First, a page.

Student Loan Forgiveness: 10 Expenses To Cut From Your Budget When Payments Resume

Sports People Squatting With Kettlebells On Gym Training.
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The financial fate of millions of Americans hangs in limbo as the Supreme Court considers whether or not it will let through the Biden administration’s student loan forgiveness plan. According to a recent survey by Credit Karma, 53% of people with outstanding federal student loans say their financial stability depends on their loans being forgiven. 

Sixty days after the Supreme Court makes its decision on student loan forgiveness, student loan payments are set to resume. The Supreme Court must issue a ruling by June 30, so the 60-day countdown will start by then at the very latest.

And for many, those student loan payments — which have been paused since the pandemic struck in 2020 — will be very difficult to manage. 

“For the Americans who were already struggling with student loan debt before the pause, the resuming of student loan payments will result in considerable financial hardship,” said Katie Ross, EVP, American Consumer Credit Counseling. “In general, Americans’ finances will become stretched again, so they likely won’t have as much disposable income, or be able to put away as much towards savings or other financial goals.”

How can one make their student loan payments more manageable? Alas, they may have to start paring down on expenses such as the following. 

Gym Memberships 

Gym memberships in the U.S. cost between $20 and $60 a month, on average. It may be time to cancel yours. 

Make Your Money Work for You

“There are still other free ways to stay active, like jogging or body weight workouts,” Ross said. 


Depending on where you live and the type of hair you have, haircuts can be expensive. 

“They can cost anywhere from $20 to $60,” Ross said. “Beauty school haircuts are usually cheaper, or you may consider cutting your own hair.”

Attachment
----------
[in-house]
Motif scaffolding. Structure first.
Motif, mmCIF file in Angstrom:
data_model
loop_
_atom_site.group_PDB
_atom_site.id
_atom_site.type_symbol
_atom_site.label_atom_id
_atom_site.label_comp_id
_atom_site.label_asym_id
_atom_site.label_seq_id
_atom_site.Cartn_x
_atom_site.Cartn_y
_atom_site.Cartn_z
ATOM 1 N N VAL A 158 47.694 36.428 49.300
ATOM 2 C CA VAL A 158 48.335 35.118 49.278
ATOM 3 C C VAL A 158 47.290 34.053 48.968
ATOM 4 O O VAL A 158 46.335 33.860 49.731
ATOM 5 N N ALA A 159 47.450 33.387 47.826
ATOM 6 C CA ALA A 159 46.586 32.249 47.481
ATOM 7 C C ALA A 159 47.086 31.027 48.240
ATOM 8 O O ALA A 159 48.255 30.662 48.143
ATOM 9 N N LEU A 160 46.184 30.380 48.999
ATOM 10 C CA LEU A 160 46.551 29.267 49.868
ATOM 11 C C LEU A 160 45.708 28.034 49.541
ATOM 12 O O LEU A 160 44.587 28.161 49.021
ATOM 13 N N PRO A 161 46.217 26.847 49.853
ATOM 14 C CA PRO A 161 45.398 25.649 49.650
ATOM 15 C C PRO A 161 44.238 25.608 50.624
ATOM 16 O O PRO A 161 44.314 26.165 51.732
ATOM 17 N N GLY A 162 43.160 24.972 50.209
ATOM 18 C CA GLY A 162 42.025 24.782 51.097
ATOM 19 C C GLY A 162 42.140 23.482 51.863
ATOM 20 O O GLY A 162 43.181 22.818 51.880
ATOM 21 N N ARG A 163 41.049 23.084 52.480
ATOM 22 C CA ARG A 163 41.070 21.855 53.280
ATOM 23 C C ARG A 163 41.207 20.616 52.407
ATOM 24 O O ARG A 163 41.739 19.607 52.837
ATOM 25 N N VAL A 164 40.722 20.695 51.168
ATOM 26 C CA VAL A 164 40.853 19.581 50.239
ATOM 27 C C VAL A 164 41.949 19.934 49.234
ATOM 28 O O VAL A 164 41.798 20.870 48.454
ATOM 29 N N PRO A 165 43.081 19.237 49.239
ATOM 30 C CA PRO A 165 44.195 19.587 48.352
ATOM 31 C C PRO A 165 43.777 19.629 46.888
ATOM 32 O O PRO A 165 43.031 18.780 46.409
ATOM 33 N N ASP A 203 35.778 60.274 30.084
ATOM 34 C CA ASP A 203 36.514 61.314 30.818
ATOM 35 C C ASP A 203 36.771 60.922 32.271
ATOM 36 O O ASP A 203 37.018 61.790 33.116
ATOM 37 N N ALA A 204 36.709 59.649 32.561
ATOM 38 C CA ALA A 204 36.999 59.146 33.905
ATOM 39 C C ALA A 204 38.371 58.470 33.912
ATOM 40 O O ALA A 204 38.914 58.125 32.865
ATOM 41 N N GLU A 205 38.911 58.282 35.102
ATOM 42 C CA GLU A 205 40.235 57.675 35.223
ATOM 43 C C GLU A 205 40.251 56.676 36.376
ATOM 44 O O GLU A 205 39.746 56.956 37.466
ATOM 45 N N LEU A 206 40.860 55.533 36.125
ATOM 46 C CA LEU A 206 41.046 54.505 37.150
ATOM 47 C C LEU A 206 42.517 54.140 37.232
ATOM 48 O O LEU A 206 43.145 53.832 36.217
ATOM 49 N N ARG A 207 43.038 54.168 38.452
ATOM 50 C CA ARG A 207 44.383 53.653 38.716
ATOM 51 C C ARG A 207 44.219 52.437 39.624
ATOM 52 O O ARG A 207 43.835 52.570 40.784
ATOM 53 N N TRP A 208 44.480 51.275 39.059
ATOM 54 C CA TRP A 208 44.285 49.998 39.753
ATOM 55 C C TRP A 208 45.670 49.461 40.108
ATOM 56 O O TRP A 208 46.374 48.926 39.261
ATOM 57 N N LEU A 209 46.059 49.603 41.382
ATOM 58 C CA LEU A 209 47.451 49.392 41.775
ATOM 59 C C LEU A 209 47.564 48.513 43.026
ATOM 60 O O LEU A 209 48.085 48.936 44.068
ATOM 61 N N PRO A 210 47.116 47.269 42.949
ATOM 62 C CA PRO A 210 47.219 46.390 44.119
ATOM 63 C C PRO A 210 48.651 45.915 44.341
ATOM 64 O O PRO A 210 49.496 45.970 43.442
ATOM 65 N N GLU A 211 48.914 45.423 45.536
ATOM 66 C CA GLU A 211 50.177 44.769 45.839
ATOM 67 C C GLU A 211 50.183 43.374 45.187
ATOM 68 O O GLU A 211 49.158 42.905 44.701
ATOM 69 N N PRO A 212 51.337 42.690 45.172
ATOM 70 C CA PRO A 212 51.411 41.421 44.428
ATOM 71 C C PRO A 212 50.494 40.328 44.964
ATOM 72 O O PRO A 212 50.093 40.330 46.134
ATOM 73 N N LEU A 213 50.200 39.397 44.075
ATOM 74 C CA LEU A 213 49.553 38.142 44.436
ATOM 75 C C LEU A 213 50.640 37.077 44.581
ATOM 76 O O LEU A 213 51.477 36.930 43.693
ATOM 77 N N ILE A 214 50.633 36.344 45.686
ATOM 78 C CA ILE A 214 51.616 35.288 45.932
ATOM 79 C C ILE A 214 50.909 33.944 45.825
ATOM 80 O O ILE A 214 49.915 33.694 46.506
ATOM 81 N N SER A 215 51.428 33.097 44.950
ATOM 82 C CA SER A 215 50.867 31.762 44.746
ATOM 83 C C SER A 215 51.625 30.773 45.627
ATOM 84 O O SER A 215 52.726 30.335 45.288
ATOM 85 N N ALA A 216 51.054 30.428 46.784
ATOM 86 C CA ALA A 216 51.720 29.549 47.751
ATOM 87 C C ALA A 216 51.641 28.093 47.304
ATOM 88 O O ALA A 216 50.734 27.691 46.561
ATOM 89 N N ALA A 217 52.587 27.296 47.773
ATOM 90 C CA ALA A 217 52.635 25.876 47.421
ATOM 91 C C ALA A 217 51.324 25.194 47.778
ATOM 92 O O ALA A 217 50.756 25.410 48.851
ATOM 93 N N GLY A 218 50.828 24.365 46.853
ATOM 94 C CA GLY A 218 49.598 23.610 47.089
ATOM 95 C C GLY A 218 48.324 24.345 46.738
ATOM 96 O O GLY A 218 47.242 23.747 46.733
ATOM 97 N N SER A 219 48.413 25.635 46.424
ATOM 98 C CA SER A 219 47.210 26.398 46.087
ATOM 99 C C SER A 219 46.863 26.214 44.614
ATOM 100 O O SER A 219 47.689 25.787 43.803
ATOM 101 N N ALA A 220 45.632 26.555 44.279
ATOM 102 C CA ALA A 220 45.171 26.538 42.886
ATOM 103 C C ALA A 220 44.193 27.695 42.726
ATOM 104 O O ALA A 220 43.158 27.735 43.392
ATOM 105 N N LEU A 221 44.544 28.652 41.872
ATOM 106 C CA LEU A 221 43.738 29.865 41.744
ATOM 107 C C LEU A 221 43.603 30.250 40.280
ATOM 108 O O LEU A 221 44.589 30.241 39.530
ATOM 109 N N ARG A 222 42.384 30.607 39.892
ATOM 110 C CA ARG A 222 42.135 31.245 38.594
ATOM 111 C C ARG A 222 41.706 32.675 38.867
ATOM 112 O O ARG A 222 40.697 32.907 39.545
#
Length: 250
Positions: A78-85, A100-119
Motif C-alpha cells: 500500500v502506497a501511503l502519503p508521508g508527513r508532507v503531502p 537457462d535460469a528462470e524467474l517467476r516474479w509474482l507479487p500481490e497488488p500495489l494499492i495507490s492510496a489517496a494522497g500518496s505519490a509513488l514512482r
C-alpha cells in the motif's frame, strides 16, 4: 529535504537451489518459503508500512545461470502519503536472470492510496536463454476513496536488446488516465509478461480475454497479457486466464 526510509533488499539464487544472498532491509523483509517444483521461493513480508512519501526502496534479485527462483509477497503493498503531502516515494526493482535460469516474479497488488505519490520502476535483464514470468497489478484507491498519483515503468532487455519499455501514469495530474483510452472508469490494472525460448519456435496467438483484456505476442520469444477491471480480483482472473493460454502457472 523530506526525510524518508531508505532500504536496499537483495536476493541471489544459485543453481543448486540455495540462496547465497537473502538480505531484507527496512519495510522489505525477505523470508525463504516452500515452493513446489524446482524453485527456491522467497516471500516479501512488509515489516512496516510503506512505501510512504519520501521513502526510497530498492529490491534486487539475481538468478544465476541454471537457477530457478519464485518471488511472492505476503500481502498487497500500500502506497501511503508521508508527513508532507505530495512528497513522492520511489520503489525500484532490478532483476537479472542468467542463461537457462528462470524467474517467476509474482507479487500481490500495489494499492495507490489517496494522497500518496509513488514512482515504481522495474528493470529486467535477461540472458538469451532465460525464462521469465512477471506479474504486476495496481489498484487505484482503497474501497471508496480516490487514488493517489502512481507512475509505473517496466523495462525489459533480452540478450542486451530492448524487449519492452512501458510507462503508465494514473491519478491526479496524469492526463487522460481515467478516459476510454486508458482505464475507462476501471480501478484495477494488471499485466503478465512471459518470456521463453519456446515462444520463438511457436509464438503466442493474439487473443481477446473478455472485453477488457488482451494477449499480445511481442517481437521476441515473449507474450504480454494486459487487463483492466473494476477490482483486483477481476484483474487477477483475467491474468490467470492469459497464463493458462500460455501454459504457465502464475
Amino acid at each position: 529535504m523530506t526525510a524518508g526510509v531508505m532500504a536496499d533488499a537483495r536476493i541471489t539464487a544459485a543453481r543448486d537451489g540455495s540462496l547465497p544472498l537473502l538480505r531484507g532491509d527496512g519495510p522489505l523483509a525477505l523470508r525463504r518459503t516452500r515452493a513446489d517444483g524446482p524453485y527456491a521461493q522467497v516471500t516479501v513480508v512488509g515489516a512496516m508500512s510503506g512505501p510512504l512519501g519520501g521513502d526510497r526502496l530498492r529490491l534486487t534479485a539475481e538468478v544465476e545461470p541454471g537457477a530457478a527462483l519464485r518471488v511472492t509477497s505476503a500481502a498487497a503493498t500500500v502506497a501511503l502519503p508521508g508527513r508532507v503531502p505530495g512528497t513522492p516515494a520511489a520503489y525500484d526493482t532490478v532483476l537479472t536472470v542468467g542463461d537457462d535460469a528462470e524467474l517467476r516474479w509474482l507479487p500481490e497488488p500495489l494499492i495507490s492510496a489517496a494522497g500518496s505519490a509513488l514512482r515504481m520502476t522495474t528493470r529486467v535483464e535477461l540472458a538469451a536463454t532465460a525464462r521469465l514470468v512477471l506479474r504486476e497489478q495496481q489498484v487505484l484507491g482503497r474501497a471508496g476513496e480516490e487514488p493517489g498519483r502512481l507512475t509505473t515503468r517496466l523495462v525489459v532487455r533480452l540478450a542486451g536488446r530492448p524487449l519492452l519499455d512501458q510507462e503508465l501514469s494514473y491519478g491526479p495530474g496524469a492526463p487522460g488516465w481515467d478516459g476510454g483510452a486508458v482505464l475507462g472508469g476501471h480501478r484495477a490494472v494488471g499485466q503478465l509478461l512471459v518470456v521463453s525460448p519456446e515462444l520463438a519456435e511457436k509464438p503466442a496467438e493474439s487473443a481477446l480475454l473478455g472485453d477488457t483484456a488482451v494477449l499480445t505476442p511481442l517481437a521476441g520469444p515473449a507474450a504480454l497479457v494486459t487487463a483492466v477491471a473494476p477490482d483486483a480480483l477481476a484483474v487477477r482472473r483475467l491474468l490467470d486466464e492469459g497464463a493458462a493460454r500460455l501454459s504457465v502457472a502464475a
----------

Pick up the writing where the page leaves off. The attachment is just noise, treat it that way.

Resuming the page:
In some locations, haircuts will run even higher than $60, so you might want to either shop around or go a little longer between trims.

Brand-New Clothing

Cutting back on buying unnecessary clothes can also save you much-needed money. If you’re a shopaholic though, this may be really tough. In that case, aiming to buy secondhand instead of brand-new items could make a substantial difference. 

“You can consider cheaper ways of getting new looks, like going to thrift stores or shopping for your favorite brands on sites like Poshmark or Ebay,” Ross said. “Just remember to stick to your new budget.”

High-End Electronics

The retail revenue from consumer electronics sales in the United States is expected to reach close to $485 billion by the end of 2023, according to Statista. Is all this spending on shiny new things really essential to your quality of life? 

“Upgrading to the latest and greatest electronics every year can be costly, and it may not be necessary for most people,” said Hanna Olivas, the co-author of “Becoming An Unstoppable Woman In Finance: 29 Strategic Financial Experts.”

Make Your Money Work for You

Spa Treatments and Beauty Services